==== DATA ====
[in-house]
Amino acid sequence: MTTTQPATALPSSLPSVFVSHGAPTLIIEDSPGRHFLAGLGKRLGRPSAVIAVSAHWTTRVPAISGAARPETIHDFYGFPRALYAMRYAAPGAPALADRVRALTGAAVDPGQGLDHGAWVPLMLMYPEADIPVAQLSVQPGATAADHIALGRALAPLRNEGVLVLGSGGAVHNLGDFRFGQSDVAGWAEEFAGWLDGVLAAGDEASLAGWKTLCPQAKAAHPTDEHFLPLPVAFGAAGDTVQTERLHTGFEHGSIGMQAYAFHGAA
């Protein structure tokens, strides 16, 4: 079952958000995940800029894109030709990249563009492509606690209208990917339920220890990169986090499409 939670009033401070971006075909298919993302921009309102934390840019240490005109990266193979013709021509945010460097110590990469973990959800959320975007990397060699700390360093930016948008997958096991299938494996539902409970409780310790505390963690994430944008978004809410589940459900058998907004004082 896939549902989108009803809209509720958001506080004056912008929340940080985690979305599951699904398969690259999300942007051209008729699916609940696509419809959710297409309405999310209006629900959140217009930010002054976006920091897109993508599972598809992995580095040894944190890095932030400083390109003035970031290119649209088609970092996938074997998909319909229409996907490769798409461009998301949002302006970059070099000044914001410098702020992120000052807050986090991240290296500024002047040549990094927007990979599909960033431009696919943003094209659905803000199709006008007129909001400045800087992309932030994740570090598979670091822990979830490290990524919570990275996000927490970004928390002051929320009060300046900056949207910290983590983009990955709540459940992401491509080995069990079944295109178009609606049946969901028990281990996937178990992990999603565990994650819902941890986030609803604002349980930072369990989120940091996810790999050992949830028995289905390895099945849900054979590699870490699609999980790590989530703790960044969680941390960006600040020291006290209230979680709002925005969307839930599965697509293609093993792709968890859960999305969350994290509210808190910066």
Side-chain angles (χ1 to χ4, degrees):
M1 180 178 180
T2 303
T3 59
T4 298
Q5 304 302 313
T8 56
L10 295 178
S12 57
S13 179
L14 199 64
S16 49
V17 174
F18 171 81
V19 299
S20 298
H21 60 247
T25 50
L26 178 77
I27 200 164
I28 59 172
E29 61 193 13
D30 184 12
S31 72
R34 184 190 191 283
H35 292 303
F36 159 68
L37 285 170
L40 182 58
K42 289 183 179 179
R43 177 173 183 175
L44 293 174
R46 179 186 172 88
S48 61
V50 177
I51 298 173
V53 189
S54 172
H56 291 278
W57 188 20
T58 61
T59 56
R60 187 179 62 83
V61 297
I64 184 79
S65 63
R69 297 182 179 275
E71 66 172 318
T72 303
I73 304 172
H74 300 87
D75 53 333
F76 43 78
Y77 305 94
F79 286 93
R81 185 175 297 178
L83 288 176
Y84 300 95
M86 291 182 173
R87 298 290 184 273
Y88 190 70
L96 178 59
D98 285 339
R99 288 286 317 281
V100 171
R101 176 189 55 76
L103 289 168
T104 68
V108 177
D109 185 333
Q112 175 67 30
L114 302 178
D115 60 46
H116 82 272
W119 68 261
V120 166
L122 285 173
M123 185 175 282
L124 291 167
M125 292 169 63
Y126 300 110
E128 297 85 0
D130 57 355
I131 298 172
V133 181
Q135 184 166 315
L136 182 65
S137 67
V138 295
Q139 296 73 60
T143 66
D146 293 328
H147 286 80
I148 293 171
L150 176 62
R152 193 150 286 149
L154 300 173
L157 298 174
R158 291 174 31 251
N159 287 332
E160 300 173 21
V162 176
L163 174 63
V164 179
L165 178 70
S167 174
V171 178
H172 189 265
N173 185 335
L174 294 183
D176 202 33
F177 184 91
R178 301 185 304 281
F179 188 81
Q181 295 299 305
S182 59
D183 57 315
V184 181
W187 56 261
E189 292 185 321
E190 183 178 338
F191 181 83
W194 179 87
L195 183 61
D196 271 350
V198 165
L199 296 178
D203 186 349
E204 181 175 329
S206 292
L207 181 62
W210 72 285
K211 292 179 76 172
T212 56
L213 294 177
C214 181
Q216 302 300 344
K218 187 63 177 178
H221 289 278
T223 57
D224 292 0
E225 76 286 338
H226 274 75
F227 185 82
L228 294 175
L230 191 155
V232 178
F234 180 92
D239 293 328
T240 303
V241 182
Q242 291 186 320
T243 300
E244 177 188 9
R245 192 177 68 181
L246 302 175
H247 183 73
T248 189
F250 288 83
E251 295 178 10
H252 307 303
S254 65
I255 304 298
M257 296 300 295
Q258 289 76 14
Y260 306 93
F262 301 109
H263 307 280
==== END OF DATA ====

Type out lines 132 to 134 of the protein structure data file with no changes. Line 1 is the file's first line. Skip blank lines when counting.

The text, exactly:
E204 181 175 329
S206 292
L207 181 62